Friday, June 02, 2006

June 2, ch 8: Bee Sting, Bad Mood, Conscious Speaking

I started yesterday in a bad mood. I didn’t deal with it directly, by writing down the thoughts at war with reality, which is the core of the Byron Katie work, and which I’ll explain later. But at least I didn’t run away from feeling bad into busy-ness, one of the great escapes of our time. I was tempted to drive down to Marin and do a few things: didn’t go. I was tempted to rush around and get another flyer out about my work: didn’t do it. Even the temptation to go off and do more pro bono Feldenkrais with some kids as a school, I resisted. All would have undoubtedly “got my mind off of” whatever was bothering, and I decided no, I was going to stay with myself, go slow and see what kind of a day I would have.

A slow day at first, and then things began to shift. I went to a nearby park, which was getting outside. Going into Nature is always a good start. I read some instructions for an advanced Feldenkrais lesson. I thought about these movements. I got up and did the movements. They were unique and interesting and a great excuse not only to learn, but to be in the present. They were walking and crawling lessons and during the third one, I stepped on a bee.


But, no big story about poor me, no panic. I just lay down and went with the pain, sensing it as deeply as possible. No rush to get rid of it, no words in the head abut wanting it to go away. Almost the contrary, I deeply sensed the pain at the point it hurt the most and added on sensing all the rest of my body as well. And following my breathing. And noticing my connection to the earth as I lay there.

So, I was deeply focusing on the pain, and providing a background of reality sensations for the pain. It got quite intense for awhile, and I looked to see if a little more of the stinger needed to come out, which it did. Then I just lay back and deeply sensed the pain and all of me, and the damndest thing happened: the pain started to disappear. It was almost disappointing. I tried to get it to come back but it kept drifting away.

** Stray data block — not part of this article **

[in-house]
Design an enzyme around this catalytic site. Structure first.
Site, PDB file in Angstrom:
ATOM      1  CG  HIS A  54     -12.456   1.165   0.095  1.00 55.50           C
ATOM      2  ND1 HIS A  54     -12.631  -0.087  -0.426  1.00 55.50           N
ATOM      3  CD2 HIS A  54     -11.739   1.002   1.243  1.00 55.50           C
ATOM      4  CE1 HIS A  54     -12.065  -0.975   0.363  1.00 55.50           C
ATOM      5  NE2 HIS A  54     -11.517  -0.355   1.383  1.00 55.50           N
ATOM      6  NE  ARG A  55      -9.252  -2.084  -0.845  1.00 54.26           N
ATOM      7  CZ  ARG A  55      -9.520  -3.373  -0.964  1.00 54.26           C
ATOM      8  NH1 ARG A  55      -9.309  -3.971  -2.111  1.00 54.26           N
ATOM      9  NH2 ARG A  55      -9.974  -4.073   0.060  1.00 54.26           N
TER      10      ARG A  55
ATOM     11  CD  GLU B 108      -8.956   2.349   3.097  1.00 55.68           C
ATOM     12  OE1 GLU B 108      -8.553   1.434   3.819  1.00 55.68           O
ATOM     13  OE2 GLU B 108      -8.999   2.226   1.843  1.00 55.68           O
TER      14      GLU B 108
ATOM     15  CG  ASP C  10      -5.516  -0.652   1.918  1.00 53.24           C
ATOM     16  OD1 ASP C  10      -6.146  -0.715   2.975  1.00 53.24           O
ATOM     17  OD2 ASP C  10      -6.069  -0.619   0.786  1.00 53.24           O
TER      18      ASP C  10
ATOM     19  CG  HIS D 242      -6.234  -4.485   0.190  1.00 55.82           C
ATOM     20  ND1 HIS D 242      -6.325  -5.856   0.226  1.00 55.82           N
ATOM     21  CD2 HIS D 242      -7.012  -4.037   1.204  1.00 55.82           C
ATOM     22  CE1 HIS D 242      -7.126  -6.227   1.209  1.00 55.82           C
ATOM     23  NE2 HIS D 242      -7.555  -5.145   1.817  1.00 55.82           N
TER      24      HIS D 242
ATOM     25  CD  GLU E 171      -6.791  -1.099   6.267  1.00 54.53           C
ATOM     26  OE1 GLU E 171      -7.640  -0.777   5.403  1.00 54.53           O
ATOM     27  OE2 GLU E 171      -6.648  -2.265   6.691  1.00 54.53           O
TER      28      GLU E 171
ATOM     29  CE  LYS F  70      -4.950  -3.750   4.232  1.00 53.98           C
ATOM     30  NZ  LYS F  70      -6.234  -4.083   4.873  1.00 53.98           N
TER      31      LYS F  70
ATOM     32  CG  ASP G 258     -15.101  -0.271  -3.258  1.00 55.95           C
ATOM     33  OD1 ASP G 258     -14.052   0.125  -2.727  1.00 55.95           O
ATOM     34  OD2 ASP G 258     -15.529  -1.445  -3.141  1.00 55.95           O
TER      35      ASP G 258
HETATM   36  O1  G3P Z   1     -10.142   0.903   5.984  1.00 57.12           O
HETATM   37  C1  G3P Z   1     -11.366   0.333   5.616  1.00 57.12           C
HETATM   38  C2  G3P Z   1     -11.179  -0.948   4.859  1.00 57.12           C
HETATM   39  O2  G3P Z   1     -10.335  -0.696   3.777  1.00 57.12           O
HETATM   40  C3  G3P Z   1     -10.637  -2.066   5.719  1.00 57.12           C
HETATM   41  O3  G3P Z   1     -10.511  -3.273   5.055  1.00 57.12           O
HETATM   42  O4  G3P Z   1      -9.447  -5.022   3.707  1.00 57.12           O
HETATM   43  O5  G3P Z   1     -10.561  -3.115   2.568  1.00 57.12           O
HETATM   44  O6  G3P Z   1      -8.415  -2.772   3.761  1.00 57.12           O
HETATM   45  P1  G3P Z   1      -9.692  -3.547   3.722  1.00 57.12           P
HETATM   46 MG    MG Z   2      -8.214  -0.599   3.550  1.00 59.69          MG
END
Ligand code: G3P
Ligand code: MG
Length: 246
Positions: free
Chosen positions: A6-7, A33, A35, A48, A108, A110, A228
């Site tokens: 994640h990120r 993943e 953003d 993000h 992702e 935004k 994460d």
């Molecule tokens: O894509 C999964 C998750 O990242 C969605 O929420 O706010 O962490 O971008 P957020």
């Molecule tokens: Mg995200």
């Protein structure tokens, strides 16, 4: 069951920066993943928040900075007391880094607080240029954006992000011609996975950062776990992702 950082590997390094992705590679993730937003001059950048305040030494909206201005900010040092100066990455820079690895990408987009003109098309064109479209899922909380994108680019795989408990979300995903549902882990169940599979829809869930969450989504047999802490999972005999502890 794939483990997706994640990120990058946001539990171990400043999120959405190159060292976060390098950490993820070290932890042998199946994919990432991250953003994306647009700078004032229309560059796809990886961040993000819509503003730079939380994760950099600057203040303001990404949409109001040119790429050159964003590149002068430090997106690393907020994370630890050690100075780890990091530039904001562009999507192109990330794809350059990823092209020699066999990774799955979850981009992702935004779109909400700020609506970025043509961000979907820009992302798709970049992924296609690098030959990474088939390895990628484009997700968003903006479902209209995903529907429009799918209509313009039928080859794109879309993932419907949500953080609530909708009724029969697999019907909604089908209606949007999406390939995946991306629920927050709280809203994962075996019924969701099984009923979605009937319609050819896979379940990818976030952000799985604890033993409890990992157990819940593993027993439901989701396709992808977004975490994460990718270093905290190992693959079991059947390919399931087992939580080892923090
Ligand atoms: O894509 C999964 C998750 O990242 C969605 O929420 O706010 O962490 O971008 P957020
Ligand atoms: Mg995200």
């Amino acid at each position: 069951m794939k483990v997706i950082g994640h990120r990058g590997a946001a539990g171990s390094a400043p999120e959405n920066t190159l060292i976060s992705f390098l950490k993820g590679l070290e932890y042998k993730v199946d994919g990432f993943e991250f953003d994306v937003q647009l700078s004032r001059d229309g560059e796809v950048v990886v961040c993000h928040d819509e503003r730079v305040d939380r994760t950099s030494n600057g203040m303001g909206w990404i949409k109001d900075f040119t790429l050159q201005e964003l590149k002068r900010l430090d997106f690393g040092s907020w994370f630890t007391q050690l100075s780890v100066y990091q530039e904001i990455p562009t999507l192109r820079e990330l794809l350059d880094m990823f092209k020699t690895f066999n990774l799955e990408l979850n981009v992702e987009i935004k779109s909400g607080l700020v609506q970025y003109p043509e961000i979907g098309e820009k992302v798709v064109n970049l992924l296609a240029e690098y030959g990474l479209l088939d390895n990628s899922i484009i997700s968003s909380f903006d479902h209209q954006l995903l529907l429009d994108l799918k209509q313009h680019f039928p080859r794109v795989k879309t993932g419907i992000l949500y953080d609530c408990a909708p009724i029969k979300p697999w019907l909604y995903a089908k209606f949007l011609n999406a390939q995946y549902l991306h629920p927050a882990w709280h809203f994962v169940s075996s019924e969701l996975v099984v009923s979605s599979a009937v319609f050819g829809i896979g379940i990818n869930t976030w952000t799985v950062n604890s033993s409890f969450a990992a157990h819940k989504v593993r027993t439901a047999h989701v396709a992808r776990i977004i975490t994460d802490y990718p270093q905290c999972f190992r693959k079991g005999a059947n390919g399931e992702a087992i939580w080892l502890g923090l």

I realized that I’ve learned this about emotional pain, too. That if you find the place in your body where it “hurts” the most, and sense there deeply, and get so interested in sensing there that this is the focus of your world, radically shifts begin to happen. Usually our suffering is fueled mainly be the words about whatever we are going through, the poor me, how could he/she/they do this to me, I was so wronged, life is so tough kind of words.

But emotional pain always has a physical component, and if we sense that component deeply, the shift happens almost like the bee sting. You get really interested in it and it starts to disappear on you.

I tried this on the tiny remnants of my bad mood, which had pretty much dissipated by the attention to the present of the walking lessons and the intense attention to the bee sting, and sure enough, even the last dregs of “feeling bad” had no choice but to up and disappear.

Then, to cap off a day that remained peaceful and sweet for the remainder, Marlie and I did an exercise called Conscious Speaking, which I’ll introduce in another chapter, but the gist is to talk for five minutes each, no interrupting and total awareness of the moment in both the speaker and the listener. This brings back love, heightens love, connects intimates and/or strangers. It’s an amazing process. I’ll have to write a section on it soon. Meanwhile, sensing the pain is one of the paradoxical ways out of the pain, be it bee sting or bad mood.


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